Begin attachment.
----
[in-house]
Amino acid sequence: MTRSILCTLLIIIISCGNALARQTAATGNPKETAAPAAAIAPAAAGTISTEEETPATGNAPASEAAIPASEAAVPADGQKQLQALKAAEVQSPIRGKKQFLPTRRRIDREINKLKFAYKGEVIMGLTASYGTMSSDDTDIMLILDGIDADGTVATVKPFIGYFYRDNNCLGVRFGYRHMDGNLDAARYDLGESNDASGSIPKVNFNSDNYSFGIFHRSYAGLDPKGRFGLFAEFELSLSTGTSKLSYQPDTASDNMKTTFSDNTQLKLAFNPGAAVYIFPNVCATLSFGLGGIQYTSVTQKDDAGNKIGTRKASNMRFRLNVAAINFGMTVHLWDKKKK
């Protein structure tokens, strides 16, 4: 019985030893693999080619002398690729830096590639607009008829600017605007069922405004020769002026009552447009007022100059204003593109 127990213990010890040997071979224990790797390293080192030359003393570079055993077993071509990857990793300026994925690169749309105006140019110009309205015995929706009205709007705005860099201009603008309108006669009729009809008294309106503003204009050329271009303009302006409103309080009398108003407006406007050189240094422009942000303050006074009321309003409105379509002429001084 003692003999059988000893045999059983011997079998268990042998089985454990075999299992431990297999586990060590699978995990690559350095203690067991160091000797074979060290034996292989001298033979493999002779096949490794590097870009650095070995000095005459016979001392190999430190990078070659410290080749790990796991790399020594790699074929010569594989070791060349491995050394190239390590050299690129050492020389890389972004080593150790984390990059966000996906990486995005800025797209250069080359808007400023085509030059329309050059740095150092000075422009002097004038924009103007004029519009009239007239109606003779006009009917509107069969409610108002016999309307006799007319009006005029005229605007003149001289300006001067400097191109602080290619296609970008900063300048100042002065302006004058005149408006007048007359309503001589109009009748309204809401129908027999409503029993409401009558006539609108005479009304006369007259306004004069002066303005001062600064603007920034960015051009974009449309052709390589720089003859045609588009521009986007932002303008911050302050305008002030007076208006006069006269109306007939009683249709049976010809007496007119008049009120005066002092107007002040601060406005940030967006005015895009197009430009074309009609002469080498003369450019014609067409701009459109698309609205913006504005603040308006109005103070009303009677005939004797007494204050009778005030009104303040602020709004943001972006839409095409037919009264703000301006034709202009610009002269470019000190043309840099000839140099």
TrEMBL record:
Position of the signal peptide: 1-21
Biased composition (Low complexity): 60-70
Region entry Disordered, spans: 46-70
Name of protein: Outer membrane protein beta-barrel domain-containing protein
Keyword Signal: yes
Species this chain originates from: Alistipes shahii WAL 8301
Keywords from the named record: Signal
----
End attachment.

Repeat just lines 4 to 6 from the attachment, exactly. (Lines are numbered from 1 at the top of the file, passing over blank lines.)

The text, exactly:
TrEMBL record:
Position of the signal peptide: 1-21
Biased composition (Low complexity): 60-70